From Pima Point (Wpt. 18), the Rim Trail follows the pavement around the loop, then leaves the roadway at a signed trail junction and continues southwest as the broad, paved Greenway Trail. Fortunately, there are some nice views into the Canyon along this section, and they get better farther out, although much of the view is now into Hermit Canyon rather than the Grand Canyon, proper.

The trail runs along the rim until getting pinched off by the road just before arriving at Hermits Rest (Wpt. 19), the official end of the Rim Trail.

Rim Trail
Sunset from one of the points

From the Hermits Rest shuttle bus stop (Wpt. 19), the paved trail continues west a few yards to Hermits Rest, proper (the building, restrooms, and snack bar). Beyond the Hermits Rest buildings, a dirt use-trail runs west for 0.21 miles to the Hermits Rest Trailhead (Wpt. 20), which is out on the end of the point. There are many pinyon pine trees in this area that block the view, so Hermits Rest Trailhead isn't the best area for viewing the Canyon, but it is fun to come out to the end, look down the trail into the canyon, and wonder what it would be like to just keep going down the Hermit Trail. When ready, wander back to the main Hermits Rest building.

Back at Hermits Rest, kick back, relax on the porch, enjoy a cold soda or a hot chocolate (depending on the weather), and gaze out over Hermit Canyon. In 1914, Mary Jane Coulter designed the Hermits Rest building using rough-hewn limestone blocks and boulders so that the structures would blend with the scenery. Ms. Coulter designed these and the other buildings along the South Rim that tend to blend into the background, all of which are interesting and worth investigating.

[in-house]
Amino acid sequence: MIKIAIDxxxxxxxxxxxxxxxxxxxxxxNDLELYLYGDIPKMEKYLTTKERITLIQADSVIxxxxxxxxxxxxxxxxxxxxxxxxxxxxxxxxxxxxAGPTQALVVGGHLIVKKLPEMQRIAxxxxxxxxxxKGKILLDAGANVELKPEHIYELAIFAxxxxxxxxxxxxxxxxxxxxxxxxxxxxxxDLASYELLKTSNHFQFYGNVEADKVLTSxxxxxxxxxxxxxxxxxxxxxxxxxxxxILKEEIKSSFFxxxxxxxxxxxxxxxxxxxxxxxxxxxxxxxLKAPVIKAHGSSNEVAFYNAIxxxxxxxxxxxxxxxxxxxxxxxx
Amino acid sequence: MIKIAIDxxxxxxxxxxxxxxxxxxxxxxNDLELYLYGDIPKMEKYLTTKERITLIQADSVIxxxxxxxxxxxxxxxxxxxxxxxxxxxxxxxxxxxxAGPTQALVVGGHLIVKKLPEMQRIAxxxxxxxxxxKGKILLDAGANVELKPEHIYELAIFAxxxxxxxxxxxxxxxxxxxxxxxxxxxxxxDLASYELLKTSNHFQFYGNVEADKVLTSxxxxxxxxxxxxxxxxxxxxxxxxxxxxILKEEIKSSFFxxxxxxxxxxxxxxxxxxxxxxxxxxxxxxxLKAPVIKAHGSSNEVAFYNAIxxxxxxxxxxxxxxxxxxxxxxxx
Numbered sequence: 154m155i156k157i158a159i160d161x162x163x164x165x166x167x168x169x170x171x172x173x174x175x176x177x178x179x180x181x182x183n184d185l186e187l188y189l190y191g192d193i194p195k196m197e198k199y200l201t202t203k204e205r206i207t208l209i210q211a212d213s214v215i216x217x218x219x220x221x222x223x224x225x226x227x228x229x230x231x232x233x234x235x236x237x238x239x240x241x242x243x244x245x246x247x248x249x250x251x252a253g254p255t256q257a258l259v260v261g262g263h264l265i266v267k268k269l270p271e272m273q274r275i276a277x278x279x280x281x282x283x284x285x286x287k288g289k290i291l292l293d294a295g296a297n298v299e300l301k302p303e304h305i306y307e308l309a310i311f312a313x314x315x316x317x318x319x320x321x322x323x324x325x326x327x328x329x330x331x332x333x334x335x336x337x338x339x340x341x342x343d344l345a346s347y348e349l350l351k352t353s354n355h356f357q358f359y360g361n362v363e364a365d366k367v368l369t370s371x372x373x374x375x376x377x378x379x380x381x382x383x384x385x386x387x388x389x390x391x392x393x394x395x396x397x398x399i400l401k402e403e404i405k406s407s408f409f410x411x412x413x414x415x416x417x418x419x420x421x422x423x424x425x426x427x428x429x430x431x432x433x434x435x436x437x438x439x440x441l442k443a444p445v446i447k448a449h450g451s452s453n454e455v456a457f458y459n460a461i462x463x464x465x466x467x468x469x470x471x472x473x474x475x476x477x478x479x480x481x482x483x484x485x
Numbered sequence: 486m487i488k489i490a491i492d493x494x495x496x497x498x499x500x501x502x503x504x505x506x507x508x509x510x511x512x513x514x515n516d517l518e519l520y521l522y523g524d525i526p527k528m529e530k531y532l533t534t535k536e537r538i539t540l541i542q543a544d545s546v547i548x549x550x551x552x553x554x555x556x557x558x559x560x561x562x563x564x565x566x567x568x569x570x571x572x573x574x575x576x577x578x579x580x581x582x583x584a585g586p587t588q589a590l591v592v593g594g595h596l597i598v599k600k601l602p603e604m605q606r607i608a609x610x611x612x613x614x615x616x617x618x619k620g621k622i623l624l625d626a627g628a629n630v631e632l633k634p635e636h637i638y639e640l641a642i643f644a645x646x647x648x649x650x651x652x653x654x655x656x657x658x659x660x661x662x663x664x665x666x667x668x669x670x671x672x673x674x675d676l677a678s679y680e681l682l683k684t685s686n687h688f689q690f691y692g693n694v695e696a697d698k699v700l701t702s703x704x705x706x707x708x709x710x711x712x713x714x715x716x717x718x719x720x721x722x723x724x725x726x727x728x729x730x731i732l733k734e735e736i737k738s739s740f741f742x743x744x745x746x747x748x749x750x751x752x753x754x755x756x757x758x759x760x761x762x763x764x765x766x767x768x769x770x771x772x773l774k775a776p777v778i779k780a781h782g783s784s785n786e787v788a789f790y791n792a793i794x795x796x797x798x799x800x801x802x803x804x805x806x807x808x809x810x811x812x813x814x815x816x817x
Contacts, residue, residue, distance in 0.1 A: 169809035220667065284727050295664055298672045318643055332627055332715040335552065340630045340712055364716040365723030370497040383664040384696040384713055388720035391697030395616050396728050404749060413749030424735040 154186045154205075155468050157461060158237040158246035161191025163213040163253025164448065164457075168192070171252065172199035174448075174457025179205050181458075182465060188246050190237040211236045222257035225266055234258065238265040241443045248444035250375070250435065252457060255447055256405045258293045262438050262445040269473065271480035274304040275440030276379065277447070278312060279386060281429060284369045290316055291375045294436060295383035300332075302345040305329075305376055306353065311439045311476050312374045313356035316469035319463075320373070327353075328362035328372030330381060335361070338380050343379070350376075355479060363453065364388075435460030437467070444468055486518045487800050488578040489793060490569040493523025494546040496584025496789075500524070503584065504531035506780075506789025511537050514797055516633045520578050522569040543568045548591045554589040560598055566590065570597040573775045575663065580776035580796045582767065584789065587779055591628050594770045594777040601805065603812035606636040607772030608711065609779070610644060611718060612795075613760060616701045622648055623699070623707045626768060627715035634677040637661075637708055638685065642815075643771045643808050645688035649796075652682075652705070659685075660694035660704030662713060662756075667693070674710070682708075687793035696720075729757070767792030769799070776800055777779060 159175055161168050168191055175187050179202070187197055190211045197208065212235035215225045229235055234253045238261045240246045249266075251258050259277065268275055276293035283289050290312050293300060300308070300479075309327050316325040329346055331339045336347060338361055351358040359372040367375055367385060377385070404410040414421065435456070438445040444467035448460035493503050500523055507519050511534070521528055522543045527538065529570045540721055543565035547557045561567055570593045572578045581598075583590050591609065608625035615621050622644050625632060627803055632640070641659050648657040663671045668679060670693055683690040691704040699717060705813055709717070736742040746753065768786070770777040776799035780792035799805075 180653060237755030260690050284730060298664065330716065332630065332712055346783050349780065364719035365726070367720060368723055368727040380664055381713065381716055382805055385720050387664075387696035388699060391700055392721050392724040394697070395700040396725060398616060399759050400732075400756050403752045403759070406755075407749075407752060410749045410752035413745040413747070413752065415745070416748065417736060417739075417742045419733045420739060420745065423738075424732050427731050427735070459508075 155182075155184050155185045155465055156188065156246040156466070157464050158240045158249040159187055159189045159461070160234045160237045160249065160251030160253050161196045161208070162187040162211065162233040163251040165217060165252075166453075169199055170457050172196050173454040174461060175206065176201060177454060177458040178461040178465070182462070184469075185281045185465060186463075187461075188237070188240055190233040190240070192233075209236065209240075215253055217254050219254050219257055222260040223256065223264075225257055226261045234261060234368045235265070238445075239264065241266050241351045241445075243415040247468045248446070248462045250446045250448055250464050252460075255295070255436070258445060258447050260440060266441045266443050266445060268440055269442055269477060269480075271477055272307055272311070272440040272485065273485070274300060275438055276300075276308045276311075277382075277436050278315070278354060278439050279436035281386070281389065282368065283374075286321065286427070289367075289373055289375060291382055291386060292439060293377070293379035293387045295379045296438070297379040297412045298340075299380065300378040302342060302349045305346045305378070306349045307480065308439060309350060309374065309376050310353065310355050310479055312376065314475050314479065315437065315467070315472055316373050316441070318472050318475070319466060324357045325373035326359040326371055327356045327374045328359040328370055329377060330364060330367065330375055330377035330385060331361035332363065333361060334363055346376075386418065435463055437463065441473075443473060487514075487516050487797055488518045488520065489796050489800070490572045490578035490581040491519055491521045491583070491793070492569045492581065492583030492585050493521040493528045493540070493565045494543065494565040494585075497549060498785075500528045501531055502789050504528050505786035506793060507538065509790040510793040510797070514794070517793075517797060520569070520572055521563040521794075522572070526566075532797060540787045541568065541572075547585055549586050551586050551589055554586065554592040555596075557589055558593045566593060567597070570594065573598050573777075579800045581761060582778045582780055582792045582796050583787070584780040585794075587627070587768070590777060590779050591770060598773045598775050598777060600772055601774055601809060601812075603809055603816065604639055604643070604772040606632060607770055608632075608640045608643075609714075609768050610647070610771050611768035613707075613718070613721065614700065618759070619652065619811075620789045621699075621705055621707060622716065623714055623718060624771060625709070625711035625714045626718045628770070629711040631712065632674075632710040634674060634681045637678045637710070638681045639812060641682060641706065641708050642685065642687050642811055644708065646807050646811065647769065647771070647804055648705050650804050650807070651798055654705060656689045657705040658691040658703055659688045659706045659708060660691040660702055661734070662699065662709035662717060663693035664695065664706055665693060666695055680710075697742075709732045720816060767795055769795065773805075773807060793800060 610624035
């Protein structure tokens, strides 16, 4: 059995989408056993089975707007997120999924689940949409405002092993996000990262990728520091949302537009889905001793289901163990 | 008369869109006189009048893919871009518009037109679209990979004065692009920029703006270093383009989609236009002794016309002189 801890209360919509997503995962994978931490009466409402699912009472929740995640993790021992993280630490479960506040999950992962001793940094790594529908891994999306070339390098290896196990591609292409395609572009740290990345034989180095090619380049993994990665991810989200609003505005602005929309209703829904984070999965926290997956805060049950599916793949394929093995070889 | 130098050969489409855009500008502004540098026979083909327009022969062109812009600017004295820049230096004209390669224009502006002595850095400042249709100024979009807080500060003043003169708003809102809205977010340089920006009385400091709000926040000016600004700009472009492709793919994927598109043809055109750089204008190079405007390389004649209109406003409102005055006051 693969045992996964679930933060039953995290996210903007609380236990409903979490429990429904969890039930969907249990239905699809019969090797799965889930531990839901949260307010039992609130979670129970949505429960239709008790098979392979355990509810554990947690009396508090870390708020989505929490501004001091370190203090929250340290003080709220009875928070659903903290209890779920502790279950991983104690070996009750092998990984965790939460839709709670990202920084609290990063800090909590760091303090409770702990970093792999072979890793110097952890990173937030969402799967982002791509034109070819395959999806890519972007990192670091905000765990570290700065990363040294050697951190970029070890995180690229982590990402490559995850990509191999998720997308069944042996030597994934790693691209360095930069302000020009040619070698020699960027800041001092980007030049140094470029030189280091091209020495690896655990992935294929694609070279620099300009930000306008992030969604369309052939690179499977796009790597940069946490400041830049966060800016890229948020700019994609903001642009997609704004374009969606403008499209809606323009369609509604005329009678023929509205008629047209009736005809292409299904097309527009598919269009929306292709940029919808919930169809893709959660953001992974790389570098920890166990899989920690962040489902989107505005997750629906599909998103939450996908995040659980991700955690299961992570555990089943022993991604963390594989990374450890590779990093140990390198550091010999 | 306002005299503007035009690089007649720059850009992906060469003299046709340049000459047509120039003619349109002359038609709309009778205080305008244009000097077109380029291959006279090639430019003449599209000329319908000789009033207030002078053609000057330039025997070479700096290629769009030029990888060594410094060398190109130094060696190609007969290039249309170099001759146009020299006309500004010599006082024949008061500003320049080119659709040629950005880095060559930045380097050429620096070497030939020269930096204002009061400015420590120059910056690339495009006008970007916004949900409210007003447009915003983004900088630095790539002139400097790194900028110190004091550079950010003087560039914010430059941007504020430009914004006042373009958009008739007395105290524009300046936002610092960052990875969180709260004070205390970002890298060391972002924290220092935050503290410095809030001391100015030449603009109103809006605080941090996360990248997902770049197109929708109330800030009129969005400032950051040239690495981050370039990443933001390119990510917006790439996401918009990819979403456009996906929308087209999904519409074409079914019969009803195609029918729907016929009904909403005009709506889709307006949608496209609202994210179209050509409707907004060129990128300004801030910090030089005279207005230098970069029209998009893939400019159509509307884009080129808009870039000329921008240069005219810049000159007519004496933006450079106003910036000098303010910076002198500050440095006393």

When ready to head out, hop on a shuttle bus and ride it back to your trailhead.

Table 1. Highway Coordinates (NAD27, UTM Zone 12S). NOTE: This is UTM Zone 12. Download Highway GPS Waypoints (*.gpx) file.

Site # Location Latitude (°N) Longitude (°W) UTM Easting UTM Northing Elevation (feet) Verified
0811 Canyon View Information Plaza 36.05897 112.10848 400166 3990857 7,092 Yes
0816 Hermits Rest building 36.06222 112.21033 390996 3991326 6,656 Yes
0817 Yaki Point Rim Trail trailhead 36.05837 112.08281 402477 3990765 7,253 Yes

Table 2. Hiking Coordinates (NAD27, UTM Zone 12S). Note: This is UTM Zone 12. Download Hiking GPS Waypoints (*.gpx) file.

Wpt. Location UTM Easting UTM Northing Elevation (ft) Point-to-Point Distance (mi) Cumulative Distance (mi) Verified
01 Yaki Point trailhead 402477 3990756 7,253 0.00 00.00 GPS
02 Leave paved road 402565 3990303 7,238 0.31 00.31 GPS
03 South Kaibab Trailhead 402450 3990137 7,200 0.14 00.45 GPS
04 Pipe Creek Overlook 401480 3989639 7,091 0.95 01.40 GPS
05 Mather Point 400268 3991127 7,082 1.40 02.80 GPS
06 Yavapai Point 399434 3991647 7,033 0.67 03.47 GPS
07 Park Headquarters Junction 398650 3990786 6,947 0.85 04.32 GPS
08 Bright Angel Lodge 397321 3990705 6,858 0.95 05.27 GPS
09 Village Route Transfer 396971 3990694 6,819 0.25 05.52 GPS
10 Fault 396784 3990712 6,836 0.13 05.65 GPS
11 Trailview Overlook 396761 3991233 6,981 0.36 06.01 GPS
12 Maricopa Point 396646 3992169 7,007 0.72 06.73 GPS
13 Powell Point 396313 3992392 7,240 0.46 07.19 GPS
14 Hopi Point 396070 3992600 7,065 0.26 07.45 GPS
15 Mohave Point 395072 3992315 6,678 0.93 08.38 GPS
16 Abyss Overlook 394776 3990816 6,583 1.09 09.47 GPS
17 Monument Creek Vista 393557 3991107 6,509 0.95 10.42 GPS
18 Pima Point 391983 3992341 6,461 1.80 12.22 GPS
19 Hermit Rest 391070 3991355 6,677 0.99 13.21 GPS
20 Hermit Rest Trailhead Parking 390880 3991147 6,646 0.21 13.42 GPS

Happy Hiking! All distances, elevations, and other facts are approximate.
copyright; Last updated 140928